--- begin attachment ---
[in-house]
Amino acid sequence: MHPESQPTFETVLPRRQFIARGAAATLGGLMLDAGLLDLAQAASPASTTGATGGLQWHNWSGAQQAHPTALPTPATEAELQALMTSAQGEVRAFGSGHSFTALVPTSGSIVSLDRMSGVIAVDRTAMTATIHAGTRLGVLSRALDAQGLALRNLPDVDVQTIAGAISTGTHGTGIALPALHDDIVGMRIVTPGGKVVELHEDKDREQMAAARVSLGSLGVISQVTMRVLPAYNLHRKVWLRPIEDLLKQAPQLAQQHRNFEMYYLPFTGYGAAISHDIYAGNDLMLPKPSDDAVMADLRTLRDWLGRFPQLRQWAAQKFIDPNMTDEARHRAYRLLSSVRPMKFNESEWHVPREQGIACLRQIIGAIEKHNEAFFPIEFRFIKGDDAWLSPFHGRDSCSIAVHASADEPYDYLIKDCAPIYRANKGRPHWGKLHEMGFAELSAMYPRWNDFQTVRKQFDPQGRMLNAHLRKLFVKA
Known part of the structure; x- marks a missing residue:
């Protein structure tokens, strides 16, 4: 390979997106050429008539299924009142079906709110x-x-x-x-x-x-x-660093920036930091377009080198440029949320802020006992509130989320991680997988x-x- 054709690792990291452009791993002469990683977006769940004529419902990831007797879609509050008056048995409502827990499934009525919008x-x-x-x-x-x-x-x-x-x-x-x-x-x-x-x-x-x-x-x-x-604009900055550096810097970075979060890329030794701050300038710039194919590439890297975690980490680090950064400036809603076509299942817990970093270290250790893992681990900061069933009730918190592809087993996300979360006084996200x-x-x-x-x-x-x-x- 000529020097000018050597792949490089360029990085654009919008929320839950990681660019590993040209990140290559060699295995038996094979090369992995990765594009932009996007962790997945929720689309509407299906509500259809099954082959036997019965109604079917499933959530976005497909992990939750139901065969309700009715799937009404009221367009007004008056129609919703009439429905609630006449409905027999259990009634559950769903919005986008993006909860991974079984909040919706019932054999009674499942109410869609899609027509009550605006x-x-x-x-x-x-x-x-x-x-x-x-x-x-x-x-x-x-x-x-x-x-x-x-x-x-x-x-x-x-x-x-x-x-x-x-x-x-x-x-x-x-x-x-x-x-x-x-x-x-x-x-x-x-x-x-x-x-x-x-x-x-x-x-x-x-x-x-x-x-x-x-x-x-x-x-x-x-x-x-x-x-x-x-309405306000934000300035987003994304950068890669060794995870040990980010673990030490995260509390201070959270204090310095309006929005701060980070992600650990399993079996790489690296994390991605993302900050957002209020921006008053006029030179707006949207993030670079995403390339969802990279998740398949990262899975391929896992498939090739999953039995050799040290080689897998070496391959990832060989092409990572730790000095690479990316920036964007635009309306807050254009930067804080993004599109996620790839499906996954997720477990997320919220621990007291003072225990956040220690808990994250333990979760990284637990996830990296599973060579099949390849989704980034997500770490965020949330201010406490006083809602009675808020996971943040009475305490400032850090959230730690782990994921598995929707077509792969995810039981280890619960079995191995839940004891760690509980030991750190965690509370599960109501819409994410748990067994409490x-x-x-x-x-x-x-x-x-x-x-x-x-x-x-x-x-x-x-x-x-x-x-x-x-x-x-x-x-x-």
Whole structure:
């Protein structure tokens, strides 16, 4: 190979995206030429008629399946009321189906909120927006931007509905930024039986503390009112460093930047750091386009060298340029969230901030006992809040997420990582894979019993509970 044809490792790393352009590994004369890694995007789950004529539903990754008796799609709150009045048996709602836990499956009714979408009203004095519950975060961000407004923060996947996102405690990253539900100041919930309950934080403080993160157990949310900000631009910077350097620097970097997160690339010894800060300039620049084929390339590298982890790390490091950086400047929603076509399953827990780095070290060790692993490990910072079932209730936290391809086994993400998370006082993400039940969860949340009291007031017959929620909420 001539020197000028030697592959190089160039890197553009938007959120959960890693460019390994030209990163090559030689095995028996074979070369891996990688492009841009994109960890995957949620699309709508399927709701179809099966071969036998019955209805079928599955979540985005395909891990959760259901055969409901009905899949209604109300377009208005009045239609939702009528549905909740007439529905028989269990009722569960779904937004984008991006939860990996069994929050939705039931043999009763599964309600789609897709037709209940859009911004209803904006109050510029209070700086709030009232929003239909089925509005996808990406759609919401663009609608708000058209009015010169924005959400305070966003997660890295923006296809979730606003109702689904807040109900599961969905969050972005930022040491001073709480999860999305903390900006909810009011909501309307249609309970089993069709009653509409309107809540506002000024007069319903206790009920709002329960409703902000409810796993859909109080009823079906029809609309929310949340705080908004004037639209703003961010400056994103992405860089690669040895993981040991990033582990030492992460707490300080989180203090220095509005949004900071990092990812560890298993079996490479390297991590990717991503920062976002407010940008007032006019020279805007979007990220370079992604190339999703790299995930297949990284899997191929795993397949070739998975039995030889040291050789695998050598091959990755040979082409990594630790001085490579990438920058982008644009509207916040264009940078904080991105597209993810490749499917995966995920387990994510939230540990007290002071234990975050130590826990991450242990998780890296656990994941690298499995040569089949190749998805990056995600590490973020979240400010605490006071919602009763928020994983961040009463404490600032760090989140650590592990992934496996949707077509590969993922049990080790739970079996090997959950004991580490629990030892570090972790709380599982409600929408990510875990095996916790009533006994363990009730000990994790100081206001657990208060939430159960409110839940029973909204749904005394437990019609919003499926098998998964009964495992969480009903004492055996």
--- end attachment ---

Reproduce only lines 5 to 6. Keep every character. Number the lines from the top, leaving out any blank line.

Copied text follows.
Whole structure:
């Protein structure tokens, strides 16, 4: 190979995206030429008629399946009321189906909120927006931007509905930024039986503390009112460093930047750091386009060298340029969230901030006992809040997420990582894979019993509970 044809490792790393352009590994004369890694995007789950004529539903990754008796799609709150009045048996709602836990499956009714979408009203004095519950975060961000407004923060996947996102405690990253539900100041919930309950934080403080993160157990949310900000631009910077350097620097970097997160690339010894800060300039620049084929390339590298982890790390490091950086400047929603076509399953827990780095070290060790692993490990910072079932209730936290391809086994993400998370006082993400039940969860949340009291007031017959929620909420 001539020197000028030697592959190089160039890197553009938007959120959960890693460019390994030209990163090559030689095995028996074979070369891996990688492009841009994109960890995957949620699309709508399927709701179809099966071969036998019955209805079928599955979540985005395909891990959760259901055969409901009905899949209604109300377009208005009045239609939702009528549905909740007439529905028989269990009722569960779904937004984008991006939860990996069994929050939705039931043999009763599964309600789609897709037709209940859009911004209803904006109050510029209070700086709030009232929003239909089925509005996808990406759609919401663009609608708000058209009015010169924005959400305070966003997660890295923006296809979730606003109702689904807040109900599961969905969050972005930022040491001073709480999860999305903390900006909810009011909501309307249609309970089993069709009653509409309107809540506002000024007069319903206790009920709002329960409703902000409810796993859909109080009823079906029809609309929310949340705080908004004037639209703003961010400056994103992405860089690669040895993981040991990033582990030492992460707490300080989180203090220095509005949004900071990092990812560890298993079996490479390297991590990717991503920062976002407010940008007032006019020279805007979007990220370079992604190339999703790299995930297949990284899997191929795993397949070739998975039995030889040291050789695998050598091959990755040979082409990594630790001085490579990438920058982008644009509207916040264009940078904080991105597209993810490749499917995966995920387990994510939230540990007290002071234990975050130590826990991450242990998780890296656990994941690298499995040569089949190749998805990056995600590490973020979240400010605490006071919602009763928020994983961040009463404490600032760090989140650590592990992934496996949707077509590969993922049990080790739970079996090997959950004991580490629990030892570090972790709380599982409600929408990510875990095996916790009533006994363990009730000990994790100081206001657990208060939430159960409110839940029973909204749904005394437990019609919003499926098998998964009964495992969480009903004492055996």